Parsons, who was part of Slim Dusty’s singing troupe, began to sing his new song during shows. According to Slim Dusty, he asked Parsons if he was going to record the song. When he said no, Dusty asked if he could have it for the B-side of another song he was about to record. The tracks were laid down at EMI’s Castlereagh Street studio in Sydney on 1 April 1957 and issued soon after. Reg Robinson, a regular recording partner, played the bass guitar, while Slim accompanied himself on a Gibson Sunburst guitar.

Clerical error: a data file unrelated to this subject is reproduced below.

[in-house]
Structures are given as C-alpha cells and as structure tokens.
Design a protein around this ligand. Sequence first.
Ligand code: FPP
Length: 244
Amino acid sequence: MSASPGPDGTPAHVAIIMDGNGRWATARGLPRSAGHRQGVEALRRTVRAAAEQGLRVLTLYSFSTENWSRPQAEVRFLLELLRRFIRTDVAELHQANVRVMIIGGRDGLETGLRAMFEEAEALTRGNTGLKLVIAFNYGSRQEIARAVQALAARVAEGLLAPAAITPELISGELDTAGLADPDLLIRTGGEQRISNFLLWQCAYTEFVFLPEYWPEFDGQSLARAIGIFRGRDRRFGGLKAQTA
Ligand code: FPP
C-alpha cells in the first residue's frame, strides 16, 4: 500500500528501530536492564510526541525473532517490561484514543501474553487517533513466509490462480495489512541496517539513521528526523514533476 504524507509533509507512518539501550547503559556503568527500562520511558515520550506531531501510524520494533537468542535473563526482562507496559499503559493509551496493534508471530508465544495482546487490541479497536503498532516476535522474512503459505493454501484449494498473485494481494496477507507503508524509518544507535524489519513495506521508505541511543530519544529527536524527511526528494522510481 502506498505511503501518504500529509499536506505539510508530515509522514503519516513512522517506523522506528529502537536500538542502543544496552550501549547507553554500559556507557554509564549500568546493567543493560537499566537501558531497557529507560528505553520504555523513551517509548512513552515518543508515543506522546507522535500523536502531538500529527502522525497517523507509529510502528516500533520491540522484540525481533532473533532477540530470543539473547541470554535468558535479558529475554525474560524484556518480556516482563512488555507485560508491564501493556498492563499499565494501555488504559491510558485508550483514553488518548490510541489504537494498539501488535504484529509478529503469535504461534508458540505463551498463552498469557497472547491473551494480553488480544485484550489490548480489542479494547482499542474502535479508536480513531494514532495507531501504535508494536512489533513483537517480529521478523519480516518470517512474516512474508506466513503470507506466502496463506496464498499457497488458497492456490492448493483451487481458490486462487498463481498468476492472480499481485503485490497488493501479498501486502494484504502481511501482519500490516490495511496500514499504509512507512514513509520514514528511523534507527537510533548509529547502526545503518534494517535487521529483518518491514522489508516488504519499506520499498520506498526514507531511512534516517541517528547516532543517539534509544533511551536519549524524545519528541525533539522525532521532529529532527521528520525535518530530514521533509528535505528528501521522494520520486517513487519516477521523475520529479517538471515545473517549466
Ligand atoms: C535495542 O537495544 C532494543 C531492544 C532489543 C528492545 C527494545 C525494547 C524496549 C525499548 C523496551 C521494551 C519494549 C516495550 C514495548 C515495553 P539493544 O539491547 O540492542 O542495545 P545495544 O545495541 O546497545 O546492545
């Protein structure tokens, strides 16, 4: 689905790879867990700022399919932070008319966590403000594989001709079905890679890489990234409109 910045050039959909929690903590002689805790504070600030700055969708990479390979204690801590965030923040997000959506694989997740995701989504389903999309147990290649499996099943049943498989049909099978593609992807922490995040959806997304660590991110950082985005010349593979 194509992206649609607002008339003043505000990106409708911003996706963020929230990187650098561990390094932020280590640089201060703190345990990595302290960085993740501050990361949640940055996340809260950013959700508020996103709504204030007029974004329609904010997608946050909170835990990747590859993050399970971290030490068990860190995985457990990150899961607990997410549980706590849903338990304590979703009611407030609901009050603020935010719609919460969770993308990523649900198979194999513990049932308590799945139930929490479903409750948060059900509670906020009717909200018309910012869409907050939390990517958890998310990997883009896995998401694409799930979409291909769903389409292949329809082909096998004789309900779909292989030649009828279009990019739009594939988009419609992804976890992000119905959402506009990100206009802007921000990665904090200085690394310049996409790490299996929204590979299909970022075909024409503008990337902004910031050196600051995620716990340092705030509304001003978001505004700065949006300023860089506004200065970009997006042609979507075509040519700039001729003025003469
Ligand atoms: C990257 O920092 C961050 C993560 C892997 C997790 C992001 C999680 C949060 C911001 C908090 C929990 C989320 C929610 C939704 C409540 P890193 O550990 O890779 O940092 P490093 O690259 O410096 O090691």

Slim resumed touring and was unaware for some months that the song was taking off, at first in Brisbane and then in Sydney. Dusty had never cracked city radio, nor expected to. Those stations largely ignored country music, or played it at 6 am or midnight. Even after the song had sold 50,000 copies, it did not appear on many station charts in the cities. The song’s success changed all that. Once it began to sell, it didn’t stop for several years. It became the only 78 rpm gold record in Australia, and the first gold record by an Australian artist. It reached number 3 in Britain in January 1959, number one in Ireland and was popular in Canada, the US and Europe. From 1957 to 1979, according to music historian Glenn A Baker, it reigned as the most successful Australian-produced single not just in country, but all genres.